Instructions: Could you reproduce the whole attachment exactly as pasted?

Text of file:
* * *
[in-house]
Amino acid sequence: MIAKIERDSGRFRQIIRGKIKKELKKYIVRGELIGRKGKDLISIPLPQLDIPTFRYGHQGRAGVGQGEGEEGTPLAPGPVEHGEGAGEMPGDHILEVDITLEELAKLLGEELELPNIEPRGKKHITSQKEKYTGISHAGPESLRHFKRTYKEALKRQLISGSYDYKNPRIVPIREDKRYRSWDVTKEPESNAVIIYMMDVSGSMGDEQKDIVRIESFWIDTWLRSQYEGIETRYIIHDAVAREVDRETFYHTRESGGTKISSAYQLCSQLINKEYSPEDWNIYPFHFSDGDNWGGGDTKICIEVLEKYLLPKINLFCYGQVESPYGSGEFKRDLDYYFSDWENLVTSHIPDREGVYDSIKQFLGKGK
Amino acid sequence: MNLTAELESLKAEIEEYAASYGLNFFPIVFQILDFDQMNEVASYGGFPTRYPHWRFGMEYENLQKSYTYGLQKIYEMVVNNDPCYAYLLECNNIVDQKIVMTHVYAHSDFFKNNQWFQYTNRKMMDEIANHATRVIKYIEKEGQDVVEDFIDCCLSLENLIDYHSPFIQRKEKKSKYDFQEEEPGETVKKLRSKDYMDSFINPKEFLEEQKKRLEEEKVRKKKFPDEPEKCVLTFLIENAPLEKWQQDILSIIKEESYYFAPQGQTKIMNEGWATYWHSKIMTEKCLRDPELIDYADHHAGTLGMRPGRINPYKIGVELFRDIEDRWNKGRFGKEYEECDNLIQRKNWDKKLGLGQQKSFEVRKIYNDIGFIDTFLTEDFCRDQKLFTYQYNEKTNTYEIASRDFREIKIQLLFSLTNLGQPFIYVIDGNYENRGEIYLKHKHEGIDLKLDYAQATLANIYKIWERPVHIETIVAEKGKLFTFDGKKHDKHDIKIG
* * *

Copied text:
[in-house]
Amino acid sequence: MIAKIERDSGRFRQIIRGKIKKELKKYIVRGELIGRKGKDLISIPLPQLDIPTFRYGHQGRAGVGQGEGEEGTPLAPGPVEHGEGAGEMPGDHILEVDITLEELAKLLGEELELPNIEPRGKKHITSQKEKYTGISHAGPESLRHFKRTYKEALKRQLISGSYDYKNPRIVPIREDKRYRSWDVTKEPESNAVIIYMMDVSGSMGDEQKDIVRIESFWIDTWLRSQYEGIETRYIIHDAVAREVDRETFYHTRESGGTKISSAYQLCSQLINKEYSPEDWNIYPFHFSDGDNWGGGDTKICIEVLEKYLLPKINLFCYGQVESPYGSGEFKRDLDYYFSDWENLVTSHIPDREGVYDSIKQFLGKGK
Amino acid sequence: MNLTAELESLKAEIEEYAASYGLNFFPIVFQILDFDQMNEVASYGGFPTRYPHWRFGMEYENLQKSYTYGLQKIYEMVVNNDPCYAYLLECNNIVDQKIVMTHVYAHSDFFKNNQWFQYTNRKMMDEIANHATRVIKYIEKEGQDVVEDFIDCCLSLENLIDYHSPFIQRKEKKSKYDFQEEEPGETVKKLRSKDYMDSFINPKEFLEEQKKRLEEEKVRKKKFPDEPEKCVLTFLIENAPLEKWQQDILSIIKEESYYFAPQGQTKIMNEGWATYWHSKIMTEKCLRDPELIDYADHHAGTLGMRPGRINPYKIGVELFRDIEDRWNKGRFGKEYEECDNLIQRKNWDKKLGLGQQKSFEVRKIYNDIGFIDTFLTEDFCRDQKLFTYQYNEKTNTYEIASRDFREIKIQLLFSLTNLGQPFIYVIDGNYENRGEIYLKHKHEGIDLKLDYAQATLANIYKIWERPVHIETIVAEKGKLFTFDGKKHDKHDIKIG